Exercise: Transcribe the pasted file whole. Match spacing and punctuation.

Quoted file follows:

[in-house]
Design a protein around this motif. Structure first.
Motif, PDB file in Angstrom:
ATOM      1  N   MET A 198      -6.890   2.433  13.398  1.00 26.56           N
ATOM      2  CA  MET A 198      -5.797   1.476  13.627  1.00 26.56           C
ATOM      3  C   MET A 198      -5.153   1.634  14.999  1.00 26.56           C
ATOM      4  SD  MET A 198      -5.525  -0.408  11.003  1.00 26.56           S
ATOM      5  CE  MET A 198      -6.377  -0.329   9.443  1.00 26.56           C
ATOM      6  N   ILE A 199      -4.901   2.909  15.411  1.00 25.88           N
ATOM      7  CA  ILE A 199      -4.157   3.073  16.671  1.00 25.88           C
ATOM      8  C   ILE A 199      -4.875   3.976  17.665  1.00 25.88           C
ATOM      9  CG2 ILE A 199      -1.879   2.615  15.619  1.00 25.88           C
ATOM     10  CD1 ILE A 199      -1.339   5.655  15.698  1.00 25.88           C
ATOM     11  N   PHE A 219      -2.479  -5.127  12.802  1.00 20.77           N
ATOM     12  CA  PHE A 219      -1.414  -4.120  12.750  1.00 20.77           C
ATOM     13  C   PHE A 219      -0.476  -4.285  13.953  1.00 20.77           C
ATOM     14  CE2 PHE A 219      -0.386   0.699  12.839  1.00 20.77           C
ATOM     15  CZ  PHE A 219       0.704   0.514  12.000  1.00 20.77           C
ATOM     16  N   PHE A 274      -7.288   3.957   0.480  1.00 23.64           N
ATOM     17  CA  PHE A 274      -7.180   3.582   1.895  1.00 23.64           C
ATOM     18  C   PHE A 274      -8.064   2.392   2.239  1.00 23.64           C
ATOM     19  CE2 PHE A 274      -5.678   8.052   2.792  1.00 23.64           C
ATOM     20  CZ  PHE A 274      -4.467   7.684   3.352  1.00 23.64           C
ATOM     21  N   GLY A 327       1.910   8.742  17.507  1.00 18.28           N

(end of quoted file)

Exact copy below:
[in-house]
Design a protein around this motif. Structure first.
Motif, PDB file in Angstrom:
ATOM      1  N   MET A 198      -6.890   2.433  13.398  1.00 26.56           N
ATOM      2  CA  MET A 198      -5.797   1.476  13.627  1.00 26.56           C
ATOM      3  C   MET A 198      -5.153   1.634  14.999  1.00 26.56           C
ATOM      4  SD  MET A 198      -5.525  -0.408  11.003  1.00 26.56           S
ATOM      5  CE  MET A 198      -6.377  -0.329   9.443  1.00 26.56           C
ATOM      6  N   ILE A 199      -4.901   2.909  15.411  1.00 25.88           N
ATOM      7  CA  ILE A 199      -4.157   3.073  16.671  1.00 25.88           C
ATOM      8  C   ILE A 199      -4.875   3.976  17.665  1.00 25.88           C
ATOM      9  CG2 ILE A 199      -1.879   2.615  15.619  1.00 25.88           C
ATOM     10  CD1 ILE A 199      -1.339   5.655  15.698  1.00 25.88           C
ATOM     11  N   PHE A 219      -2.479  -5.127  12.802  1.00 20.77           N
ATOM     12  CA  PHE A 219      -1.414  -4.120  12.750  1.00 20.77           C
ATOM     13  C   PHE A 219      -0.476  -4.285  13.953  1.00 20.77           C
ATOM     14  CE2 PHE A 219      -0.386   0.699  12.839  1.00 20.77           C
ATOM     15  CZ  PHE A 219       0.704   0.514  12.000  1.00 20.77           C
ATOM     16  N   PHE A 274      -7.288   3.957   0.480  1.00 23.64           N
ATOM     17  CA  PHE A 274      -7.180   3.582   1.895  1.00 23.64           C
ATOM     18  C   PHE A 274      -8.064   2.392   2.239  1.00 23.64           C
ATOM     19  CE2 PHE A 274      -5.678   8.052   2.792  1.00 23.64           C
ATOM     20  CZ  PHE A 274      -4.467   7.684   3.352  1.00 23.64           C
ATOM     21  N   GLY A 327       1.910   8.742  17.507  1.00 18.28           N